Title VII of the Civil Rights Act of 1964, states, and city laws prohibit and sometimes criminalize workplace sexual harassment and assaults.  Sexual assault in the workplace, aside from in many cases being a crime, is a form of sexual harassment. Sexual assault can occur between men and women, people of the same sex, or when the victim is transgender.  

New York City and State Sexual Harassment Requirements 

In New York State, both federal and state sexual harassment statutes apply to sexual assault in the workplace. In addition, the City of New York has its own sexual harassment law, which includes sexual assault and must be complied with by employers in the City 

Federal Racial Discrimination in Employment Law 

The US Equal Employment Opportunity Commission enforces federal law regarding sexual harassment in the workplace. As noted above, the law applies to harassment of applicants or employees because of that person’s sex. Harassment includes unwelcome sexual advances, requests for sexual favors, and any other verbal or physical harassment of a sexual nature, including sexual assault. The law governs all aspects of employment.  Harassment can occur when both the victim and the perpetrator are of the same gender or sexual orientation. 

New York State Sexual Harassment Requirements 

Under New York State law, employers must perform many steps to combat sexual harassment in the workplace. First, they must adopt a Sexual Harassment Policy.  The policy must prohibit sexual harassment, including assault, as well as retaliation. The state has issued a model policy that the state will deem adequate. Policies drafted by employers must meet or exceed the requirements of the model. 

If you believe that you have been the victim of a sexual assault in the workplace, you should contact an experienced and knowledgeable attorney working in the area of sexual harassment and assault in the workplace. The attorney will be able, at no cost, to discuss your issues with you and advise you as to how you should proceed. 

Stop Sexual Harassment in NYC Act

The Stop Sexual Harassment in NYC Act is a law aimed at preventing sexual harassment, including sexual assault,  in the workplace. It features a three-year statute of limitations and applies to all NYC employers. Employers must implement and keep records of sexual harassment and assaults. The firm must have policies outlining the responsibilities of supervisors and managers in preventing sexual harassment, assault, and retaliation and measures they can take to address sexual harassment and assault complaints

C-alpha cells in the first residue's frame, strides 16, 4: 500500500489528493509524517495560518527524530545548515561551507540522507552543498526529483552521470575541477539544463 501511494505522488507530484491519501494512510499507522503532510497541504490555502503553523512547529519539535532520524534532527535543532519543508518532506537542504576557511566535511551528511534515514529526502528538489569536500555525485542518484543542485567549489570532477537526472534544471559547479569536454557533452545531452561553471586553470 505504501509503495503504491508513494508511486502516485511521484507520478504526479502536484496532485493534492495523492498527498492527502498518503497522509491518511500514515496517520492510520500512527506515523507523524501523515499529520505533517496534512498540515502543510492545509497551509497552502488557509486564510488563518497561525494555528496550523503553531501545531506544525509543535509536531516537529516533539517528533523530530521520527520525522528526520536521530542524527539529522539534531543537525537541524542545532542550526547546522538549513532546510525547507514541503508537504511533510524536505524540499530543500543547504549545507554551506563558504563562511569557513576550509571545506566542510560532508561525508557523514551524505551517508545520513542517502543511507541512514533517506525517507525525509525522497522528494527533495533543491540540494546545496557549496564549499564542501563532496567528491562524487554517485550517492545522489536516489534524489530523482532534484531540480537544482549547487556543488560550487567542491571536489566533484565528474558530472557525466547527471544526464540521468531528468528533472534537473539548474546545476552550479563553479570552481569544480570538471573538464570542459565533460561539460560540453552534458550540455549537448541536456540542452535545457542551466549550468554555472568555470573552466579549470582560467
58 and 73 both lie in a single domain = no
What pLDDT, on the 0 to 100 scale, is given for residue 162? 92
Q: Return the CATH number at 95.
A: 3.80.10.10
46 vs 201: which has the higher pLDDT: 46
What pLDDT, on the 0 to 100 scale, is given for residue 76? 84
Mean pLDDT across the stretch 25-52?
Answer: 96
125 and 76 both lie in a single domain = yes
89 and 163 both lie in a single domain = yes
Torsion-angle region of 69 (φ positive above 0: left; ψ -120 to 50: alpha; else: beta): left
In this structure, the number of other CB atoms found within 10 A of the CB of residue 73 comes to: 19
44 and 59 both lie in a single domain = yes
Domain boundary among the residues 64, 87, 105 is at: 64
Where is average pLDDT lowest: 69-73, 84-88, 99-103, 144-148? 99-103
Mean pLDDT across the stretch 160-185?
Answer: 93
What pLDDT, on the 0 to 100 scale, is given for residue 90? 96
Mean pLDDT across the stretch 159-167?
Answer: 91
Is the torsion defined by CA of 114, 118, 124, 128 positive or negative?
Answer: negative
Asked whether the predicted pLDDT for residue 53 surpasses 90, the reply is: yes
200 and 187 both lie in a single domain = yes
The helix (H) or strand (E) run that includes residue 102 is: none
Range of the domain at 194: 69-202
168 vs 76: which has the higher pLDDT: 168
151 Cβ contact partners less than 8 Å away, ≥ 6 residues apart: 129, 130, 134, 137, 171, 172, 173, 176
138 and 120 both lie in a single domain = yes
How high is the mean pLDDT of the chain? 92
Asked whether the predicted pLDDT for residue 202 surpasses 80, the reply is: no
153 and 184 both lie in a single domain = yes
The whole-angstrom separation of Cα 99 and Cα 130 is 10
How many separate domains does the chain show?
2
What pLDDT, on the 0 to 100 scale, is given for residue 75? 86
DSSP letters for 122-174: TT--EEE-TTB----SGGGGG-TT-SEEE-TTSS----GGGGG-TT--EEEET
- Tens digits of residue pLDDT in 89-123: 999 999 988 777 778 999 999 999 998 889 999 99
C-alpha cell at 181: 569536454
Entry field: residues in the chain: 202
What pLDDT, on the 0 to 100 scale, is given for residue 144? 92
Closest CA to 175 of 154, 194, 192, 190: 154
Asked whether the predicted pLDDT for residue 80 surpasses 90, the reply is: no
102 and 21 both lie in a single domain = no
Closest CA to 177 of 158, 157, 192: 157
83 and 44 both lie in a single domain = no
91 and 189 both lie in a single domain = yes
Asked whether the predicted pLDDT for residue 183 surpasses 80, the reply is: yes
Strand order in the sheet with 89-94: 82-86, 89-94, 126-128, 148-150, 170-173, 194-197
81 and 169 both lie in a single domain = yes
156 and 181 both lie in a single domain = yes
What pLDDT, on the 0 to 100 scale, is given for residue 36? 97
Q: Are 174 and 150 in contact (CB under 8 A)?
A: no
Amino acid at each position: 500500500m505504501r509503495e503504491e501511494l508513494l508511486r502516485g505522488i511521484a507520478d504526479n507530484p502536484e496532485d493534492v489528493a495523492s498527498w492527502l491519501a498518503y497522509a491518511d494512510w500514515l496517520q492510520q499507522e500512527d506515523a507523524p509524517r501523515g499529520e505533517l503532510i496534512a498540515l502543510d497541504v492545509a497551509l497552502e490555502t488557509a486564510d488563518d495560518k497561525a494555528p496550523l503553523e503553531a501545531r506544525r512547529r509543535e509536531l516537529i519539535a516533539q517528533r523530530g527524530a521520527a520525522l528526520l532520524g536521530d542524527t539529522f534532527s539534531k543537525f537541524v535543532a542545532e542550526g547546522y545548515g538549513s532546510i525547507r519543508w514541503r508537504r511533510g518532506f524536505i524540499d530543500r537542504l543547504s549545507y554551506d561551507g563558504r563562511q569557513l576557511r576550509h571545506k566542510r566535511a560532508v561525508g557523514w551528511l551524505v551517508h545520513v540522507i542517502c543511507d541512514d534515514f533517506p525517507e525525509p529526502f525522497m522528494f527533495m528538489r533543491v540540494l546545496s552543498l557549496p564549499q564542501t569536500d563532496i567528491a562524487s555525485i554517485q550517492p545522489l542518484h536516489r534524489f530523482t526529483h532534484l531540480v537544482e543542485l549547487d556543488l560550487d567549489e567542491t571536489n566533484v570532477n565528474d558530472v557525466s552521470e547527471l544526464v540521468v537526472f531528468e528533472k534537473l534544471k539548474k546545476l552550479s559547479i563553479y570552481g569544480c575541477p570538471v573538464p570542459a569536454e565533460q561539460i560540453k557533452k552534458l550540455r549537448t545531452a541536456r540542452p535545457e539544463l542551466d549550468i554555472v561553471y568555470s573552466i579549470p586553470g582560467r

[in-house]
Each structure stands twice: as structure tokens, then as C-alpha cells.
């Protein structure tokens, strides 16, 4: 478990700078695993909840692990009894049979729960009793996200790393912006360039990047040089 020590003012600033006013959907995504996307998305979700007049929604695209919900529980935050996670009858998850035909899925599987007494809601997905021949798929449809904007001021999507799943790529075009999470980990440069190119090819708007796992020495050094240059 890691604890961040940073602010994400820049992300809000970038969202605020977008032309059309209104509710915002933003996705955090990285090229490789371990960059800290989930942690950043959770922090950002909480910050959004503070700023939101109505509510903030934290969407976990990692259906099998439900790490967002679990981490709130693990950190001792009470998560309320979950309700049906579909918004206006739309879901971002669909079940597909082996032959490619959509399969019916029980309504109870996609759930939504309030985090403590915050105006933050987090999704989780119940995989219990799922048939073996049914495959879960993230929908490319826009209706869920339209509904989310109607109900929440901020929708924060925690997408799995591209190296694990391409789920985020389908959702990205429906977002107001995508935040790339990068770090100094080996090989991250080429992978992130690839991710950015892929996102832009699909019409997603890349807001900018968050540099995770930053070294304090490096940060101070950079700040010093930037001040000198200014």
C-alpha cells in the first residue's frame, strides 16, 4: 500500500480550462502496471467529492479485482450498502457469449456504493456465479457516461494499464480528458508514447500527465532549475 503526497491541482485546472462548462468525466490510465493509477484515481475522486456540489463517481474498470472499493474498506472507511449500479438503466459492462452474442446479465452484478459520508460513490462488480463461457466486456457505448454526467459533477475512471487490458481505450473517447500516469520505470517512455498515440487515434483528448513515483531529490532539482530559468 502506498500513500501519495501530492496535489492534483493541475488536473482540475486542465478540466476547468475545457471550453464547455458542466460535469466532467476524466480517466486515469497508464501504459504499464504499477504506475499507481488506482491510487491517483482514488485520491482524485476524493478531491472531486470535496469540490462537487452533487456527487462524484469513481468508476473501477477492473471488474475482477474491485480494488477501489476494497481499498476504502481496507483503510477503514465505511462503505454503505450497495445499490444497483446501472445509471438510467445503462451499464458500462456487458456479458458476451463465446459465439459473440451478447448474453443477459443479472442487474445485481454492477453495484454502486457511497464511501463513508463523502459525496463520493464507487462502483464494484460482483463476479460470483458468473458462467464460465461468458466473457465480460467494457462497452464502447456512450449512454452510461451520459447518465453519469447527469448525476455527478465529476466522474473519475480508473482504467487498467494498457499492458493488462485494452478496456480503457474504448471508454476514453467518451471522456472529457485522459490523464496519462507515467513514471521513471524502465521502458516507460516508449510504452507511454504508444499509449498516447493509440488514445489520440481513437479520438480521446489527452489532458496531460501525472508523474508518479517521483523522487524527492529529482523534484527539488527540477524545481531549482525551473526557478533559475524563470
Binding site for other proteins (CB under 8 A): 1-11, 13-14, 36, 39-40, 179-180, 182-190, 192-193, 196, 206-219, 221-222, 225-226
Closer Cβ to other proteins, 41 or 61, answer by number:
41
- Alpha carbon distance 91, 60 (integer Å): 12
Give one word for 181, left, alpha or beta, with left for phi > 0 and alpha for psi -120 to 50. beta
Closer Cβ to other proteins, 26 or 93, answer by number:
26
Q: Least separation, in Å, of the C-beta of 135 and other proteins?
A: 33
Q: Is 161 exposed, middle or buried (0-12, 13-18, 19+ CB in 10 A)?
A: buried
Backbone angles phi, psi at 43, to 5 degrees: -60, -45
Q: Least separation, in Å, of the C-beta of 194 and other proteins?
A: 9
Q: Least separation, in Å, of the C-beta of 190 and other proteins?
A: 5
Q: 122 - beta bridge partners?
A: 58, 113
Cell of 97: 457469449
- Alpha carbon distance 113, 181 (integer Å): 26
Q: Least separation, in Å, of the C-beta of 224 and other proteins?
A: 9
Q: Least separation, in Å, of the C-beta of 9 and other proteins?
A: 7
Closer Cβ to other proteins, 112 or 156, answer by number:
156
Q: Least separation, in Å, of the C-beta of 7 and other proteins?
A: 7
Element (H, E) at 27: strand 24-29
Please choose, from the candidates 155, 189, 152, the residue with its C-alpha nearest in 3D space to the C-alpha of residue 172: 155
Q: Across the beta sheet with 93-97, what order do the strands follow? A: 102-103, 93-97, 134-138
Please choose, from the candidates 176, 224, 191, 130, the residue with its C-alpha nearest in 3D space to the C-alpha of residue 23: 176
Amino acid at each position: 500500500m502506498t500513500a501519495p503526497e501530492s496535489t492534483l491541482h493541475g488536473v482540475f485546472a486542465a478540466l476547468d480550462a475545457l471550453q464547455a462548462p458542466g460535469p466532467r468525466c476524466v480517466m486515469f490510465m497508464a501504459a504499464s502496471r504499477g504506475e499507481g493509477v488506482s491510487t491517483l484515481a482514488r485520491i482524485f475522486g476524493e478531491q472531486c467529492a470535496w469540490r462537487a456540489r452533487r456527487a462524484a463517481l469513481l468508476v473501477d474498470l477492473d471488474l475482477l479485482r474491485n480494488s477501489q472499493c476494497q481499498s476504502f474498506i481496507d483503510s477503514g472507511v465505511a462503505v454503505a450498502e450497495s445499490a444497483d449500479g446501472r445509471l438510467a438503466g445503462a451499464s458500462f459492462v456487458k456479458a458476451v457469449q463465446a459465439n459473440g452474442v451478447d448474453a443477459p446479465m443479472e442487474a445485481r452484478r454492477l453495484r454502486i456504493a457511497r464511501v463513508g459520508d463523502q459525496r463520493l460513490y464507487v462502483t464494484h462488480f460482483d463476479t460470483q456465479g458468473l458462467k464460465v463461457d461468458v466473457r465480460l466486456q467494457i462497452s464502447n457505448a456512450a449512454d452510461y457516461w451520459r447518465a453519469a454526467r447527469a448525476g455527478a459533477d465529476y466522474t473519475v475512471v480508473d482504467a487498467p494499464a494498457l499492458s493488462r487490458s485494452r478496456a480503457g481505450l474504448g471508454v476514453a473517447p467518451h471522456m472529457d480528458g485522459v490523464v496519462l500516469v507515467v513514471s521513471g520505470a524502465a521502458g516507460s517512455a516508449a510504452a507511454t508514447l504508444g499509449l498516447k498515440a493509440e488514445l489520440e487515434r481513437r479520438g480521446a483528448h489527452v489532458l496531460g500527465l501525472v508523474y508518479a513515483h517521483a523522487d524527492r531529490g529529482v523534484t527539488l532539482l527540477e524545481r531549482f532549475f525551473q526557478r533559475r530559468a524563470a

What You Should Do if You Suffered a Workplace Sexual Assault

If you think you may have been the victim of sexual assault in your workplace, you should take some critical steps promptly, as well as contacting experienced New York sexual harassment counsel. Employers in New York can be held strictly liable for sexual assault committed by managers or supervisors.  Even if no one else knows about the assault, your employer could still be liable under this standard.  If, for example, your supervisor made sexual or physical contact with you during a performance review, you might well be able to hold your employer liable for that conduct.  

Similarly, if a coworker assaulted you and your employer knew or should have known that the assault was likely, they may be liable.  Note that what you tell your supervisor is considered to have been told to your company, even if neither you nor your supervisor passed the information on.  Thus, for example, if you tell your manager that X was harassing you at a firm party and the supervisor does not act on that information, the company will be liable should that employee later assault you.  On the other hand, if your employer took immediate action after the initial complaint, it would probably not be liable for the later assault